Akan Datang: A media circus in Singapore as people take to the streets in Vietnam

Trump-Kim Summit - New Naratif

Hello New Naratif readers! It’s almost the start of a new week in Southeast Asia and we are all over it with a look at the Trump-Kim Summit and breaking news of protests in Vietnam. It’s so hectic that we’re going to get straight down to it; we all have homes to go to…


We go first to Singapore which is set to dominate the news in Southeast Asia for a change. Of course it’s the much anticipated Trump-Kim Summit on 12 June. We can’t wait to see how this pans out; we hope it’ll end with a bromance that will end in denuclearisation in North Korea, but Korea expert Robert E. Kelly thinks it’s unlikely.

But the most important thing for Singapore and Singaporeans, according to an op-ed (paywalled unless you register to get the paper’s summit coverage for free) by local broadsheet The Straits Times’ Opinion Editor, is to smile for all the international media that’s flooding into the city-state. It’s also apparently costing a cool $20 million to host the summit so hopefully all the foreign journalists who have parachuted in stock up on souvenirs of Merlions to offset some of the cost.


At the time of writing this column, protests are taking place in cities across Vietnam as citizens demonstrate over the passing of a draft law on Special Economic  Zones (SEZ) that would allow for the lease of local land to other countries, including China, for up to 99 years. It also seems that tensions have bubbled over thanks to the new cybersecurity bill which is hugely controversial.

The police have been called in to break up the protests in Hanoi and other cities across the country and things look to be turning nasty as “[a]n AFP correspondent saw plain-clothes police drag around 20 people away and move them into nearby buses”. There are unconfirmed reports on social media of police using Long Range Acoustic Devices (LRAD) to subdue protesters. We imagine that this will be a big story in the coming week and that we’ll find out more about exactly what is happening on the ground in Vietnam now.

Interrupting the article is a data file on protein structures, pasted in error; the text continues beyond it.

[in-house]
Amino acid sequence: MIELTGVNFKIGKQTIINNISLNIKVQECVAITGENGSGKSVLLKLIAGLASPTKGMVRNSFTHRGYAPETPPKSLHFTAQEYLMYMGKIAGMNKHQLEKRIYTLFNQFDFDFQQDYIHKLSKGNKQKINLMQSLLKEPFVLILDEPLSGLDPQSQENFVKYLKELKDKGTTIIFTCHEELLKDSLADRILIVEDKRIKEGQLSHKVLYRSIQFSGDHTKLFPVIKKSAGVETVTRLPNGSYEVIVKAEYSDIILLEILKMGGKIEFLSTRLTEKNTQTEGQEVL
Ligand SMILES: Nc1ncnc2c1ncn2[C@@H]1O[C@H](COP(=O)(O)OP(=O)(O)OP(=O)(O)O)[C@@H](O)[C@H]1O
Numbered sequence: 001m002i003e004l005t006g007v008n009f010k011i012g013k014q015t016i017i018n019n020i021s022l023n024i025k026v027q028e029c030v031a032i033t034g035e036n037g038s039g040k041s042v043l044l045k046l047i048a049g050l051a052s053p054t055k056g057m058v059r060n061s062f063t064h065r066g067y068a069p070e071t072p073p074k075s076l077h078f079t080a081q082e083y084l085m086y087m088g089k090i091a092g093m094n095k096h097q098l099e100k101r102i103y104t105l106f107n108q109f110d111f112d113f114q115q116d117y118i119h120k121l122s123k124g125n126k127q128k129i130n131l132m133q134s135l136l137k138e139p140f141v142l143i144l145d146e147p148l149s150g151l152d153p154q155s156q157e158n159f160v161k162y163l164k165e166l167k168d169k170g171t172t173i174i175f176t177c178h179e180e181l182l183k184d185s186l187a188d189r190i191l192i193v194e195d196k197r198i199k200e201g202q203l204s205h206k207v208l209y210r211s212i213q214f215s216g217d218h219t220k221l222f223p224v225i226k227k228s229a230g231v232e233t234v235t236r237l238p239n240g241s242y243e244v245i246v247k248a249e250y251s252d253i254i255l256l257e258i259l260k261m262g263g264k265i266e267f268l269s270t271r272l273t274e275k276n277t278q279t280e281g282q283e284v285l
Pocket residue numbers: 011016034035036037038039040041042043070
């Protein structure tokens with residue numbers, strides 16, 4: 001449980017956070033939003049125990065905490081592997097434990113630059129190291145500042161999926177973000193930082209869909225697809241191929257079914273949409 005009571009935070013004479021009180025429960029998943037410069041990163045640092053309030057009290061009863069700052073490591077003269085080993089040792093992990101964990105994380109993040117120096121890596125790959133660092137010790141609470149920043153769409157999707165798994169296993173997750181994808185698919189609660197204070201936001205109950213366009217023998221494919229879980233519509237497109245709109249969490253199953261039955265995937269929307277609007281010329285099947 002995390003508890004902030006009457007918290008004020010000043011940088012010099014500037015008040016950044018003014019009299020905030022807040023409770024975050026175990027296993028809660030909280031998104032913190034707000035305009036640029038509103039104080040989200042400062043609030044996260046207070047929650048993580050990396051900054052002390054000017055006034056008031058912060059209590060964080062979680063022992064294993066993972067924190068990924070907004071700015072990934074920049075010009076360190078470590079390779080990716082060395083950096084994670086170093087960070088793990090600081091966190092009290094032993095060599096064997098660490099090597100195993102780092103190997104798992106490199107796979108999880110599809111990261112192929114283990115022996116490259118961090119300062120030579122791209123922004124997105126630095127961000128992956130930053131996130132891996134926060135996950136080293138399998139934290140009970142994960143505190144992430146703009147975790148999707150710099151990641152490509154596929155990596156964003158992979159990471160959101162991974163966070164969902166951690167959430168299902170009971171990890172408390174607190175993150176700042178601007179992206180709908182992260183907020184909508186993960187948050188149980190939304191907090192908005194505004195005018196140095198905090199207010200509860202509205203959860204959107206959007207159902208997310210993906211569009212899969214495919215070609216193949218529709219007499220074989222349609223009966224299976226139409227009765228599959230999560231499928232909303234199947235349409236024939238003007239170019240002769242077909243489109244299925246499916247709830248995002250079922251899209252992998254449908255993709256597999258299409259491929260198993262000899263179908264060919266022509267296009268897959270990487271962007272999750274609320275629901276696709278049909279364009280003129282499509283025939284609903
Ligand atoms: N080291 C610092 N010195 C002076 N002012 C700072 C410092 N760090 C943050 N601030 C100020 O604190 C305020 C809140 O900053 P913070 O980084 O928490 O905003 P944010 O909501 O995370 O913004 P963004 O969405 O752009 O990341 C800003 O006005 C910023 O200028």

Worryingly, it appears from this tweet that Will Nguyen, who contributed an essay to New Naratif, was beaten and arrested by the police. He’d been tweeting from Ho Chi Minh City; we haven’t heard any updates from or about him so far. If you have any news please let us know! We hope he’s all right.


Timor-Leste in general is one to watch in the coming weeks as it takes its first shaky steps on the road to change following the opposition win in the recent elections in May.

With that in mind, we are pleased to publish our first ever piece on Timor-Leste, as our contributor Sophie Raynor takes a look at LGBT activism in the country.


Over in Indonesia we have this weird story of the rise in passengers making bomb jokes on planes, with 10 bomb related quips made in May alone. Why do people do this? It’s a criminal offense and: “As stipulated in Article 437 of Law No. 1/2009 on national flight safety, anyone who makes a false statement that could endanger flight safety faces up to one year in prison.” As this piece in the South China Morning Post asks, “Isn’t it time Indonesian blew its fuse over bomb hoaxes?

It’s no laughing matter, as our piece on the making of the first female ISIS bomber shows only too well.

This is also the week when everyone goes home for the Eid holiday at the end of Ramadan—a fun time of year when some 1.4 million people leave Jakarta. This is thought to be the largest annual human migration on earth after the Chinese New Year celebrations, as around 32 million people (think the combined populations of Australia and Switzerland) will be on the roads. Although it happens every year, the government has been caught by surprise by the holiday and “seems unsure if the new toll road sections will help ease trafficas the trans-Java toll roads have still not be completed.

Another side effect of the Eid holiday? The cost of curry just got whole lot pricier.  


And we end with the shocking and sad news of the death of chef, TV presenter and travel writer, Anthony Bourdain, who died of suicide at the age of just 61 on 9 June.

Whether you liked Bourdain’s work or his politics, it’s fair to say that his work in Southeast Asia opened a door for many writers after him. Were others more worthy of his platform or more talented? Perhaps. But although we may not want to admit it, his shows provided increased visibility and interest in Southeast Asia.

Who can forget his trip to Myanmar at a time when the country was just starting to open its doors once again? Or when he spent a week in an Iban longhouse in Sarawak? Or his poetic musings on the joys of suckling pig in Bali? Or the time he called Vietnam “his first love”?

Anyone who truly knows and loves Southeast Asia would never eat in anything even closely resembling a restaurant. All the good stuff is on the streets, or in places where you don’t dare touch the walls but are likely to get one of the best meals of your life. Bourdain filmed all of that with unflinching candour and, for that, those of us who write about Southeast Asia and call it home should feel a little thankful.

Our contributor Mike Tatarski also wrote this moving tribute to Bourdain here.

And that’s a wrap on this week in Southeast Asia! If you have a tip on a news story you would like to see featured in Akan Datang, then send it to us via northsumatra.editor@newnaratif.com !

See you next week!

If you enjoyed this article and would like to join our movement to create space for research, conversation, and action in Southeast Asia, please subscribe to New Naratif—it’s just US$52/year (US$1/week)!

Bookmark (0)
ClosePlease login

Related Articles